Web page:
Bar Fiasco in the 1980s

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In the second of our four-part series on Bar Fiasco, we turn to the 1980s.

After outgrowing its space in what is now the Welcome Unit, Bar Fiasco moved to the mansarda during the 1980s. The attic space now houses the EUI Communications Service, although in earlier times was a place for tequila parties, music and football.

“It was the first week and we organised a Spanish tequila party; it was one of the first things we did and it was a great success. Then every nationality started doing parties at least once a month, the social scene was really strong,” says José Fernandez, who arrived at the EUI in 1988. He was on the Bar Fiasco committee while a researcher and now works at the European Investment Bank.

Fiasco soon went from its humble 1970s origins at the Upper Loggia to a bar fit for parties, José says: “We got a music system from the general manager, so every Friday there was really loud music.”

The drinks selection was also expanded, with local and Belgian beer, wine and whisky. José remembers the introduction of a Guinness tap as “absolutely fantastic.”

Fridays were the biggest night of the week for the bar; from Monday to Thursday Fiasco was a low-key affair. “What I really liked about it was that it was great to go there at the end of a day, when you’re tired after work. If you were every at a loose end you knew you could go there,” says Jim Newell, a professor at the University of Salford who arrived at the Badia as a researcher in 1984.

While tequila parties may not have been a Tuesday night occurrence, Jim recalls alcohol-fuelled debates: “I remember quite a few drunken evenings and passionate discussions with a friend of mine; the conversations would become more passionate and more heated.”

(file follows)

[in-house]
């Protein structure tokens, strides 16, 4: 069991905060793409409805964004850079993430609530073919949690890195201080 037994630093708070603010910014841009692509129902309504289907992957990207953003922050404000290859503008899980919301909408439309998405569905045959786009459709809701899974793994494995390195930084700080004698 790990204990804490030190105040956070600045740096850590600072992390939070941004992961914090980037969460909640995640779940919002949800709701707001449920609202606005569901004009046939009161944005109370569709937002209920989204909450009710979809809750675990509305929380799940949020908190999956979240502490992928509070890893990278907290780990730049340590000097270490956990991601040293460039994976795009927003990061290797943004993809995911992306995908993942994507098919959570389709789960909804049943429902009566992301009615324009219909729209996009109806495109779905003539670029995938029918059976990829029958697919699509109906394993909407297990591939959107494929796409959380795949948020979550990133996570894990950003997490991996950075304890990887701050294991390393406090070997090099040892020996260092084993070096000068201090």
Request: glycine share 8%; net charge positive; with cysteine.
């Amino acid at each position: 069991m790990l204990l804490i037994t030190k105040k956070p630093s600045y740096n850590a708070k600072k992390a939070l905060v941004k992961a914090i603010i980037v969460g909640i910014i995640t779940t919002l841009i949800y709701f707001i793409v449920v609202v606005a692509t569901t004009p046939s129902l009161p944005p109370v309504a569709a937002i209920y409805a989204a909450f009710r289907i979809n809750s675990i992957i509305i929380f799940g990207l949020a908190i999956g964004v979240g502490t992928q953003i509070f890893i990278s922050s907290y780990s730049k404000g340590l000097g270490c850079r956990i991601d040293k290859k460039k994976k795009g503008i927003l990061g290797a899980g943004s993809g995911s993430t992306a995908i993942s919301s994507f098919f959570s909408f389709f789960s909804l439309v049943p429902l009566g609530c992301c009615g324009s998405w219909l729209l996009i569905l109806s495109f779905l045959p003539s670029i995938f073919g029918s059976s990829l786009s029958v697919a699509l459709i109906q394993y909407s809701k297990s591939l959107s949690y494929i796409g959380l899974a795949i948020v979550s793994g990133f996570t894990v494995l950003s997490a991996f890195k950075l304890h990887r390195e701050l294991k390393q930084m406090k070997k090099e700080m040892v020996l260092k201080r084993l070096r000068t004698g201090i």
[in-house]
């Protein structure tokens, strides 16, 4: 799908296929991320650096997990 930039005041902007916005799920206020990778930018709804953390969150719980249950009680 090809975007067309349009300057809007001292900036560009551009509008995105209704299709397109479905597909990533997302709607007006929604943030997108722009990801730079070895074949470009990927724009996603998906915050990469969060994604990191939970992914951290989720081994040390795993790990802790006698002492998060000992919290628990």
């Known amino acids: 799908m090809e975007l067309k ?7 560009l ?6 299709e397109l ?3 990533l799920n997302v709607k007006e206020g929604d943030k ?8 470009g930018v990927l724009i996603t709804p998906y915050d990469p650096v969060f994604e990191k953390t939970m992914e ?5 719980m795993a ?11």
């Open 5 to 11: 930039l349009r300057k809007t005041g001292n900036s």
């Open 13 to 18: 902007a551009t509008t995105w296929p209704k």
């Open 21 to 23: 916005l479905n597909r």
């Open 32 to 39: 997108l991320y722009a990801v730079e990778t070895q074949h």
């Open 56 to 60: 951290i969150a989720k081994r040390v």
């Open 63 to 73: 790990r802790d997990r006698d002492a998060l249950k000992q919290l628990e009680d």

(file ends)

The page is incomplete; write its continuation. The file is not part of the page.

Lieven De Winter, a professor at the Catholic University of Louvain, remembers Fiasco in the 1980s as a place to mingle with researchers, staff and professors. “In my days there were a lot of staff that went for a beer. The second time I went there was because I was invited by [Professor] Peter Mair to meet some of his students,” he says. Peter passed away in 2011 and a plaque has been placed in the bar in his memory.

Lieven joined the EUI in 1984 and remembers Fiasco as being run mostly by Dutch people, while Jim and José say those propping up the bar were generally from northern Europe. The International Heroes and International Heroines, the EUI’s football teams, were also regulars.

A television arrived, although few were drawn away from the bar until 1990 when the World Cup came to Italy.

Our report on the opening of Fiasco in 1977 can be found here.

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